• Allow me to come preach in your church to cast a vision for truly reaching the fatherless or just come and spend 10 minutes in a service presenting Next Step
• Announce or Host a Next Step Prayer Meeting
• Consider supporting Next Step (the work) on a monthly basis
• Consider helping me enlist men to become 1 of 100 Personal Investors
• Consider sending a one time gift of support for my family
• Consider allowing me to do a “mentor training” in your church or even help you set up a mentoring ministry.
• Begin praying for us!
A brief example of the young men I am working with is "Kent." I met him when I was his public school bus driver (4th grade). I invited him to ride the bus to El Vista, which he did. He got saved, baptized and rode the bus often. In 7th grade his mother died suddenly in a car wreck. His father has only ever had monthly supervised visits with him. In 8th grade, he made honor roll. This year he is in 9th grade and making straight “F’s.” We spend a lot of time together and I asked him what changed in his grades. He said that his father promised to show up for his 8th grade graduation but did not and he was hurt and angry. I told him that to the best of my ability I would be present to cheer him on for high school graduation. (Click here to read "Kent's" story.)
I’ve also told him he can do nothing that will make me care about him less (I learned this from God). Amazingly, he has responded to me better now as a mentor than he ever did when I was his youth pastor. This is just one example of the many young men I am working with. And, the measure of success will not be how well he turns out but how well I fulfill my responsibility to “stand in the gap” for his absent father.
Another benefit of a ministry like Next Step is that it will get fathers thinking about how they are rearing their sons. The young men whose dads do not intentionally train them to know and follow God are often the ones who drop out of church, have children out of wedlock, and fail to lead their families in the way of the Lord. Dad may have been physically present, but not intentional about personally equipping and motivating his son to become a good Christian, husband, father, and citizen. The message of intentionally mentoring and unconditionally loving will impact the lives of young men whose fathers are present as well as those whose fathers are not.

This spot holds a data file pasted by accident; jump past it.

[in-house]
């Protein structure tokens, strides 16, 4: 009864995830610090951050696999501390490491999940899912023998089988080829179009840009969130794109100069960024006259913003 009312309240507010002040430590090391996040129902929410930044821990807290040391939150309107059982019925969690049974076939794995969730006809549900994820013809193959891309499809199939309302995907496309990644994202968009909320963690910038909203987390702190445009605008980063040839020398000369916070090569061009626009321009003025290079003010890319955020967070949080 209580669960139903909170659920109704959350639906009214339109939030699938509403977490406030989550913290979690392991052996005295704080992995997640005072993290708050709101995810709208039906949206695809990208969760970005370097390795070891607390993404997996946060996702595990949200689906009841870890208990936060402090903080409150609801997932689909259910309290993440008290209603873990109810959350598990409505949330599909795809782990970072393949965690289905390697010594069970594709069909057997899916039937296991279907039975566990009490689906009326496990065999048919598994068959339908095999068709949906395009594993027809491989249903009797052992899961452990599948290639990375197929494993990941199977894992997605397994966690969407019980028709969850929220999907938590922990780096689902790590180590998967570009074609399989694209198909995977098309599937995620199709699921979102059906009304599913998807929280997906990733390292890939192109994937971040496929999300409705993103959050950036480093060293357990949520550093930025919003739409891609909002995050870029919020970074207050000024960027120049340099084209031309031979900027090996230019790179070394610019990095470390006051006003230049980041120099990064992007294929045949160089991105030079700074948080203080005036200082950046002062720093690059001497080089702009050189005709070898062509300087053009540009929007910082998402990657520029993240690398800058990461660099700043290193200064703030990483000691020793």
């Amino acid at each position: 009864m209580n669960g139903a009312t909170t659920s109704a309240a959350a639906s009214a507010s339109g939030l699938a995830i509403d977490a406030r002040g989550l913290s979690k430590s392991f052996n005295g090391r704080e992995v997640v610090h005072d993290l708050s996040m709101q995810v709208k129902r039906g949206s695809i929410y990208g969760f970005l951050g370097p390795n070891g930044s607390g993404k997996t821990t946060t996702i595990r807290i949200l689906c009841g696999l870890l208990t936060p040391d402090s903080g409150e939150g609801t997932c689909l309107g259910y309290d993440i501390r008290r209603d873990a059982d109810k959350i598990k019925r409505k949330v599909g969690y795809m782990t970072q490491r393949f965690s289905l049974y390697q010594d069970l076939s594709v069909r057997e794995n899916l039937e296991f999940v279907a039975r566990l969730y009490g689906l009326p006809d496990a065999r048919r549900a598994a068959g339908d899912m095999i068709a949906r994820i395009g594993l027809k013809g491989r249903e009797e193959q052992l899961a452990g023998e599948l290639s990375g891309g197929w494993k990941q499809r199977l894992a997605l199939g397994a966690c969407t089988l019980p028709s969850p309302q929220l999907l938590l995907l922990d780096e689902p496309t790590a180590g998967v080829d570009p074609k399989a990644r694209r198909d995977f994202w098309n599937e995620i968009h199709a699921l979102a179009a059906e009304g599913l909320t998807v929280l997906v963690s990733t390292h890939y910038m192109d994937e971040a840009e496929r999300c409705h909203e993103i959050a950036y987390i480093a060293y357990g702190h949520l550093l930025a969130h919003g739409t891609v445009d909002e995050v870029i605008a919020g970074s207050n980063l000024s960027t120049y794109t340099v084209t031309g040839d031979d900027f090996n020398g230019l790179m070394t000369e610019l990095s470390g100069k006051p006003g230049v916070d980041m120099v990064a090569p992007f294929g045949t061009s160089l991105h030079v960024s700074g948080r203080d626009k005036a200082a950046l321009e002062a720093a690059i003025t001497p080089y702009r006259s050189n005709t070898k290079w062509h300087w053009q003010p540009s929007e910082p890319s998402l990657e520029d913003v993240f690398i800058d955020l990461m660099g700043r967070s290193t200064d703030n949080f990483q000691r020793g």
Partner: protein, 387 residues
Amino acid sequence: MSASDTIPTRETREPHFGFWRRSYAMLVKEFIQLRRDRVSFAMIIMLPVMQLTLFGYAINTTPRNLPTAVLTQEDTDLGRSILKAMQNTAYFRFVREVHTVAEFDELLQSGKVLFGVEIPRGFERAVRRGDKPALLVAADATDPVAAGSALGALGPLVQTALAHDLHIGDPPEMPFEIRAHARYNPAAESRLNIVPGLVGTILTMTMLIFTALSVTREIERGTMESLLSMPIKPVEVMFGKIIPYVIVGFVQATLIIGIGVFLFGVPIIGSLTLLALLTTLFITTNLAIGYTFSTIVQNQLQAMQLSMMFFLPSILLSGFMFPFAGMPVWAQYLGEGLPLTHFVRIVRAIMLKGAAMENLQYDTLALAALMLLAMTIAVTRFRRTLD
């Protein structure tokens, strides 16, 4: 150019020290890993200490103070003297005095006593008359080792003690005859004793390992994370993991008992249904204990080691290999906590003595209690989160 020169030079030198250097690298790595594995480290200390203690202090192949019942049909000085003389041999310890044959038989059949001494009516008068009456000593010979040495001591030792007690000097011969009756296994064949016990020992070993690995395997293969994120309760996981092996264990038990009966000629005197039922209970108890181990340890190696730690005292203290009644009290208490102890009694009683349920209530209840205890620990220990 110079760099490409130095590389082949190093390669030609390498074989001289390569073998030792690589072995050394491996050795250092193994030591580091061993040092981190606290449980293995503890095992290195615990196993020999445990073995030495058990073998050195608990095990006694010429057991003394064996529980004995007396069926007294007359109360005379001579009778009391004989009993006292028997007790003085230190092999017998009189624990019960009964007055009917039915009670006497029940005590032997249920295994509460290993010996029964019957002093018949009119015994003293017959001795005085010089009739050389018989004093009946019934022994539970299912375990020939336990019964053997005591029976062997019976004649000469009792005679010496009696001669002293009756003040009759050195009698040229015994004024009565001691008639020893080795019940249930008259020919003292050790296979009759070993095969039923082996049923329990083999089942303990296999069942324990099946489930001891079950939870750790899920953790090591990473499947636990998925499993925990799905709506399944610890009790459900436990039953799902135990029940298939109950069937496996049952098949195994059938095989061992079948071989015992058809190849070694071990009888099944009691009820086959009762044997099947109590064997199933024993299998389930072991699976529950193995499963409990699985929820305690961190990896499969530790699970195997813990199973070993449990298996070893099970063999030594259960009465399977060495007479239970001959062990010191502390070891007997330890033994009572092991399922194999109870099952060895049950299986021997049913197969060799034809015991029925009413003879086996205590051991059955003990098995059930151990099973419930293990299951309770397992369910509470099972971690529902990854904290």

I would love to hear from you, pastor friend. I cannot do this great work alone. Please, would you sincerely seek the Lord about whether you should get involved in this ministry in some way.
May God bless you and your work.
Standing in the gap,
|Posted on 9 April, 2012 at 1:50||comments (2)|
This week at Next Step: If you don't have time to read it all, just read the highlights marked with an *.
*Took my son and a new NS boy to the riverfront, Bass Pro, and lunch. He's an intelligent, helpful 5th grader and God has a great future planned for him. His biological dad lives out of state and he has no father figure living with him. Glad his mom found us on facebook. Going to have to start recruiting and training men to be mentors - my personal group is almost too big to keep up with.
*Spoke with a divorced mom at a church we attended who says she's been dropping hints for men to spend time with her son, but no one has really picked up on it yet. She was a little discouraged by this but was very happy (began smiling!) when I asked to include her son on our NS prayer list and begin working to find him a mentor. And, I hung out with him this week, too. He's a good guy in a new high school. I've got hope for his future!
One evening this week I took 3 NS guys to a revival meeting in Danvers, IL. I was afraid they wouldn't really want to go to church, but hanging out with each other and hanging out with me and stopping for ice cream on the way home may have helped. I wonder if any of their fathers ever took them to an "extra church service?" They paid attention and we talked about the message on the way home...a little. Mostly we joked and stuff ourselves with the free junk food the church sent us home with. I picked up and dropped off the boys strategically so I could spend some time talking one on one with 2 of them.
One of my NS guys called me this week. He had punched a whole in the door because he was angry about spilling bleach on his shoes. He asked if I could buy him a new pair (I bought him the ones he spilled on). I've got to be honest - I'm no expert on how to be an excellent mentor who stands in the gap for an absentee father. So, I told him what I think my dad would have said. I'm paying you to read a book - finish reading it and you can use the money to buy a new pair. Still trying to figure out how to help him get over his anger issues. For now, I'm just committed to caring about him whether he is angry or self-controlled. Pray for him...and the people around him!
*I was thrilled when a student for whom I have been praying gave me a call this week. I had known him as a grade school student and recently ran into him while volunteering at Manual. He has grown up without a father in his home, attended some of the churches I am friends with, and he knows the Lord (but sometimes struggles with how God fits into his life). He also has serious, yet understandable anger issues. I had been praying for him even though he missed a couple of my attempts to take him to lunch. But this week he called me! We went to lunch, I helped him get his driver's license replaced, and we had prayer together. He hopes to be a state trooper after going to college. Please pray for "Samson." He is strong and intelligent and "likeable." I get the impression he is a leader. Think of how God could bless and use this young man, and pray for him, please. If he lives for the Lord, he'll make an AWESOME NS mentor one day.